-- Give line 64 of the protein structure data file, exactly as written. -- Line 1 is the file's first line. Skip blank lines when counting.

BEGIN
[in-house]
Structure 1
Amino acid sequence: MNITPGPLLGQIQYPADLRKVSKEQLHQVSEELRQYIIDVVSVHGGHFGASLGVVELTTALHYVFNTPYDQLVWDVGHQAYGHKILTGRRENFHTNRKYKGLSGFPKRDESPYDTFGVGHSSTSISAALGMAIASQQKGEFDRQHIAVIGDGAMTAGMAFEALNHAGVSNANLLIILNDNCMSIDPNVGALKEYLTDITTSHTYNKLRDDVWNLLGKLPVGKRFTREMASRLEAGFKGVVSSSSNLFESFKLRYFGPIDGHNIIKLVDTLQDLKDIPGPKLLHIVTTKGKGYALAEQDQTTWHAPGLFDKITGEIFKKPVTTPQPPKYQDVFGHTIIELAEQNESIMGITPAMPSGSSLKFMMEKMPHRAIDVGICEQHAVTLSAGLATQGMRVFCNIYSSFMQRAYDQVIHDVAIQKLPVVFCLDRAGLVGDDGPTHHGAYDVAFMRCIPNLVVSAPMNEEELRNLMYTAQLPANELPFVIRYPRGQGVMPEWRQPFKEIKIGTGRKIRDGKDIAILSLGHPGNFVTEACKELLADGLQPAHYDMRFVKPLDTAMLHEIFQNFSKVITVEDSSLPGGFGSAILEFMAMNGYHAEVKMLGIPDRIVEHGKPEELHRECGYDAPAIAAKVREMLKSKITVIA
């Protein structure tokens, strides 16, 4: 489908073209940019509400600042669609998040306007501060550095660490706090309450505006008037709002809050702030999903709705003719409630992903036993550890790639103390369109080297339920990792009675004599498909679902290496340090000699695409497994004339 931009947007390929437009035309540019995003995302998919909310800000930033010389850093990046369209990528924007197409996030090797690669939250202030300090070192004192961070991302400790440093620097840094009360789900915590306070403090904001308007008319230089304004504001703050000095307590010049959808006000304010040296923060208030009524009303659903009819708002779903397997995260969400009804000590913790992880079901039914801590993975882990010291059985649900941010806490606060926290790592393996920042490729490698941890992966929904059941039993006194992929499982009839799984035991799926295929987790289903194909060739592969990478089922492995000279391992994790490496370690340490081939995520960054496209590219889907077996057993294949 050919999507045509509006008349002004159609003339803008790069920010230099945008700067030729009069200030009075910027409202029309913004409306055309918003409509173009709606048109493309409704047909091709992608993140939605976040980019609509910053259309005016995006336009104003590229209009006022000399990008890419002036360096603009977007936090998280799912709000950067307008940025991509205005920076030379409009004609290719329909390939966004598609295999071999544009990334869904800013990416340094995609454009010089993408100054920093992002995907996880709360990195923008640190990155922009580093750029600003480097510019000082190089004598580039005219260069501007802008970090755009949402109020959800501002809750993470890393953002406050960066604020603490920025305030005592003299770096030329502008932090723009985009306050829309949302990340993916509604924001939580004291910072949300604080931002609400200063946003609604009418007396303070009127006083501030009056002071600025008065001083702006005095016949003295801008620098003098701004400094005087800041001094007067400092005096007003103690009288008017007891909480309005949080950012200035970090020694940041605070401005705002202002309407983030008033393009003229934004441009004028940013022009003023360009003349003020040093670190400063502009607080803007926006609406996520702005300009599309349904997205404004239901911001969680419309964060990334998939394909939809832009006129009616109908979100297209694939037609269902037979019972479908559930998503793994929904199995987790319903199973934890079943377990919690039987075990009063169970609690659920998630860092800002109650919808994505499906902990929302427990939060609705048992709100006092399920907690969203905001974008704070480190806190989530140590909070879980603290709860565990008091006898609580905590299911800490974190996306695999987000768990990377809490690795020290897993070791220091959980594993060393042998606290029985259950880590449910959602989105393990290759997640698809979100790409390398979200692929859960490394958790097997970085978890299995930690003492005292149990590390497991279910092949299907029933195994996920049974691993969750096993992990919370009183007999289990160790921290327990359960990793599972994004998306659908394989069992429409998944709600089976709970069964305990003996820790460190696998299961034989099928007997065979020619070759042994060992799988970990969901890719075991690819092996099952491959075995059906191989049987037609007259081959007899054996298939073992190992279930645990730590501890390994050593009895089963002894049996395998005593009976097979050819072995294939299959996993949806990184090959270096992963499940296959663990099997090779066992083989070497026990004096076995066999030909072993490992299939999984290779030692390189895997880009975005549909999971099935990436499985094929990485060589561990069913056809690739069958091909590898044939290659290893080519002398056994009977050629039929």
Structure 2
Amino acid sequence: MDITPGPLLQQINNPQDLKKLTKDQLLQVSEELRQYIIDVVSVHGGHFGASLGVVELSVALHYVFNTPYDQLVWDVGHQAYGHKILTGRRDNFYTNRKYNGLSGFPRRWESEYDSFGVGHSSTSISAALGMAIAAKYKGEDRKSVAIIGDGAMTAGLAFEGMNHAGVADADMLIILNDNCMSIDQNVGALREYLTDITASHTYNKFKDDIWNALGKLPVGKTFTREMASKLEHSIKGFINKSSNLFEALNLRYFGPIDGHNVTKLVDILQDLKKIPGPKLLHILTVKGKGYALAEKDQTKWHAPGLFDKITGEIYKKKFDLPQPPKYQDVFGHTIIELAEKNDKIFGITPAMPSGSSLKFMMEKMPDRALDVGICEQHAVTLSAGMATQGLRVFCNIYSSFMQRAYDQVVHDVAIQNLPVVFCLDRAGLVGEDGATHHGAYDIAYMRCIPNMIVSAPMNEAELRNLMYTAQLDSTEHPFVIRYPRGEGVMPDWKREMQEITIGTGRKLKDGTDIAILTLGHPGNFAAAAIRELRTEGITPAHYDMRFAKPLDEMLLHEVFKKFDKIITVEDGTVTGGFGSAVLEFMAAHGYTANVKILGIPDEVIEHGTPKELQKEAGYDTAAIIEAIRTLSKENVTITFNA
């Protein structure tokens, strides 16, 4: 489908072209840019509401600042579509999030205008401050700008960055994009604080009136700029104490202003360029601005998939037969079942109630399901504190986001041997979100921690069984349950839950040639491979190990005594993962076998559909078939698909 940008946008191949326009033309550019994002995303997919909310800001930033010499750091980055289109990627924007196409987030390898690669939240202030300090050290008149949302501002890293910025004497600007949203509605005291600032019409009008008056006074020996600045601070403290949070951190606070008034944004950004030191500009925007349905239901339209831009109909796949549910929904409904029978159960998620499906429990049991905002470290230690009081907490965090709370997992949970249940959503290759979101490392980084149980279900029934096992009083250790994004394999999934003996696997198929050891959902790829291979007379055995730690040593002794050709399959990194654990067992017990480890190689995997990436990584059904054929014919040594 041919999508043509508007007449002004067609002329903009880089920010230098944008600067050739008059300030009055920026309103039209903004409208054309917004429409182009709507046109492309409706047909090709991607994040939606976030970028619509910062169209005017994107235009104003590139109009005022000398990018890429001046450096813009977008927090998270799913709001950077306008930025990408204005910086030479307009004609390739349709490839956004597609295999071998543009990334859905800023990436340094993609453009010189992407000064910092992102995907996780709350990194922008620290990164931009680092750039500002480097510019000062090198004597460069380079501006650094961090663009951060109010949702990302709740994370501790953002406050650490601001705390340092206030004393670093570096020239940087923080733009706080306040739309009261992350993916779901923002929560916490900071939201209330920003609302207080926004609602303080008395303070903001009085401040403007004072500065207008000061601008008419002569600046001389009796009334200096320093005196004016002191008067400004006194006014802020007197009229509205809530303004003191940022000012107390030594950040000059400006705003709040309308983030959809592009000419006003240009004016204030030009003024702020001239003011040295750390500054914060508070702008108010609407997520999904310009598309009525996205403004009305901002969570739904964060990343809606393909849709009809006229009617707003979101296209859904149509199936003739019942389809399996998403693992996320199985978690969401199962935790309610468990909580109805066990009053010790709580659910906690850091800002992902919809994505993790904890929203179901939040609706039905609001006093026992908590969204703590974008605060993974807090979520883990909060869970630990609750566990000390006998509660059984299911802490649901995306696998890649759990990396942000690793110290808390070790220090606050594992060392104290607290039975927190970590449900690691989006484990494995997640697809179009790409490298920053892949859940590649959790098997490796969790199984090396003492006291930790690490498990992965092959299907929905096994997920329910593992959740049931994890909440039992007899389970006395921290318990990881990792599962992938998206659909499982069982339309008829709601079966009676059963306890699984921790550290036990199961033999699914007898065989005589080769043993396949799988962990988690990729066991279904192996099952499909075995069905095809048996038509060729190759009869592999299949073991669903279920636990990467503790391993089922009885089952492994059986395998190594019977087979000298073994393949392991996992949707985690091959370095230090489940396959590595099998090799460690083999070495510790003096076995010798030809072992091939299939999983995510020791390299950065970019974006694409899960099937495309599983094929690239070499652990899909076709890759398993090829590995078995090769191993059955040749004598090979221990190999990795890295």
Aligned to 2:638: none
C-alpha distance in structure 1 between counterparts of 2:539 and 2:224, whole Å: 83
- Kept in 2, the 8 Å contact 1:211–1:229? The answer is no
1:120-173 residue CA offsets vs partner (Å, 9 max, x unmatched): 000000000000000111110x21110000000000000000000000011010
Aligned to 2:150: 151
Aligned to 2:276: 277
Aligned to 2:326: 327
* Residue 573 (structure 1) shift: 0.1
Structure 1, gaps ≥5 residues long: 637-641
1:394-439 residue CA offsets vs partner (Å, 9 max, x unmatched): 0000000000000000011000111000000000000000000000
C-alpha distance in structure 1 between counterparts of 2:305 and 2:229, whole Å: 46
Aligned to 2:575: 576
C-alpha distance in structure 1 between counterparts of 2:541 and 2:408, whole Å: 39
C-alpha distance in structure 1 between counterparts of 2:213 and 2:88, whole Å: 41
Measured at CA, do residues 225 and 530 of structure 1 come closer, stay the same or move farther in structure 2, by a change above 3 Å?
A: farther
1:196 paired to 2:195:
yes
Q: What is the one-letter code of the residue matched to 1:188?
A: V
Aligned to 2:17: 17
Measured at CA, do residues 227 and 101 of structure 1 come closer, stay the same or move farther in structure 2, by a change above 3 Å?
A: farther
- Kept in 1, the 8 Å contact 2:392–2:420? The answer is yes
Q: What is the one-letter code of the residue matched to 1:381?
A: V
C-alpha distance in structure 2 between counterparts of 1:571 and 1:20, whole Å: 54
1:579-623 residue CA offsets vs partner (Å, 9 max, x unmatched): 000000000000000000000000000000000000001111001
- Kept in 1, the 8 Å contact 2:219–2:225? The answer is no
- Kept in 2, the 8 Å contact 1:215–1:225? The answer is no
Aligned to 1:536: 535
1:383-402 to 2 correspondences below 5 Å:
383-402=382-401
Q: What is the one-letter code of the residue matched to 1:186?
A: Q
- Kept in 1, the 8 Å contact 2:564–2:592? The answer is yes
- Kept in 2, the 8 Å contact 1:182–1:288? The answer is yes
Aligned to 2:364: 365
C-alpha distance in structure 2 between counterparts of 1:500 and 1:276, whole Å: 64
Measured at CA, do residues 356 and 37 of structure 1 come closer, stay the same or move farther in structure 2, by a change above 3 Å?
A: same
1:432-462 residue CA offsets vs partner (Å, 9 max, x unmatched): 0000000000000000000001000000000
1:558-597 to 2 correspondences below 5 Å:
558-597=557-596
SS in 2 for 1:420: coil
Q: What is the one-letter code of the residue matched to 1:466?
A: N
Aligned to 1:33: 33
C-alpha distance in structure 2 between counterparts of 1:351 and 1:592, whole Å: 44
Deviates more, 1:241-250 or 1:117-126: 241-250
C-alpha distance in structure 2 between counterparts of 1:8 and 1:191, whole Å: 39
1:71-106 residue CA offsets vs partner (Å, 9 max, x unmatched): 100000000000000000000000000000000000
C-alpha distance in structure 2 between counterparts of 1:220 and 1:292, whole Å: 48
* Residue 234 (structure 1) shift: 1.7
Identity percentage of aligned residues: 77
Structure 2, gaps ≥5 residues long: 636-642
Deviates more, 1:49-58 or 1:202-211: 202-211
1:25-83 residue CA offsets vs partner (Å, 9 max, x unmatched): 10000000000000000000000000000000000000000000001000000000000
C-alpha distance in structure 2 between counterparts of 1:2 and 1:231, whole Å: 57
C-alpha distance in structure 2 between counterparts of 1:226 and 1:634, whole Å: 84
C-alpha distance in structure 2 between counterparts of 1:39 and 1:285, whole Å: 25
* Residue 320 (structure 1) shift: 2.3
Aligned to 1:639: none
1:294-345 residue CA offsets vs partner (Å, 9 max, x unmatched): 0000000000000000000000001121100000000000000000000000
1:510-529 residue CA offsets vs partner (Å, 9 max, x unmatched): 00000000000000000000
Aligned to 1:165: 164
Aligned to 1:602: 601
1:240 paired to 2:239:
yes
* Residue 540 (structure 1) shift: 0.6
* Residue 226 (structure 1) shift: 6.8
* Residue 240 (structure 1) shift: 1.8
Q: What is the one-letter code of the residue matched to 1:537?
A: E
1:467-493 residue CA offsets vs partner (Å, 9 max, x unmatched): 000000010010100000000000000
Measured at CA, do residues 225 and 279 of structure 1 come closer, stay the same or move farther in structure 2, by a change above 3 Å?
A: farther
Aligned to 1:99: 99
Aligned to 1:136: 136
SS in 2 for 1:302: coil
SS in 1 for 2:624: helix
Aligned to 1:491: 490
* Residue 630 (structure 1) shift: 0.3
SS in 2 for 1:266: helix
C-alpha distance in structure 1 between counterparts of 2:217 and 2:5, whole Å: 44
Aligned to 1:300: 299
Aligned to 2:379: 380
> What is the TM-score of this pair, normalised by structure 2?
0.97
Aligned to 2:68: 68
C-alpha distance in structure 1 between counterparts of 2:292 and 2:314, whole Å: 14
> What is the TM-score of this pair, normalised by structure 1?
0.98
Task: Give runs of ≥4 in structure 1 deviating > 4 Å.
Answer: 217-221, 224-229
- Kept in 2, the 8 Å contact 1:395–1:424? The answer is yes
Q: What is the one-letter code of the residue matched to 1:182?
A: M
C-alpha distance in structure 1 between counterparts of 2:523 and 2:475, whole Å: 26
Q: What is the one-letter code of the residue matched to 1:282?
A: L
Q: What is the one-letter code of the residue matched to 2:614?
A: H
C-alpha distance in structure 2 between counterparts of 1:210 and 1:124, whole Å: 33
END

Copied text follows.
Deviates more, 1:49-58 or 1:202-211: 202-211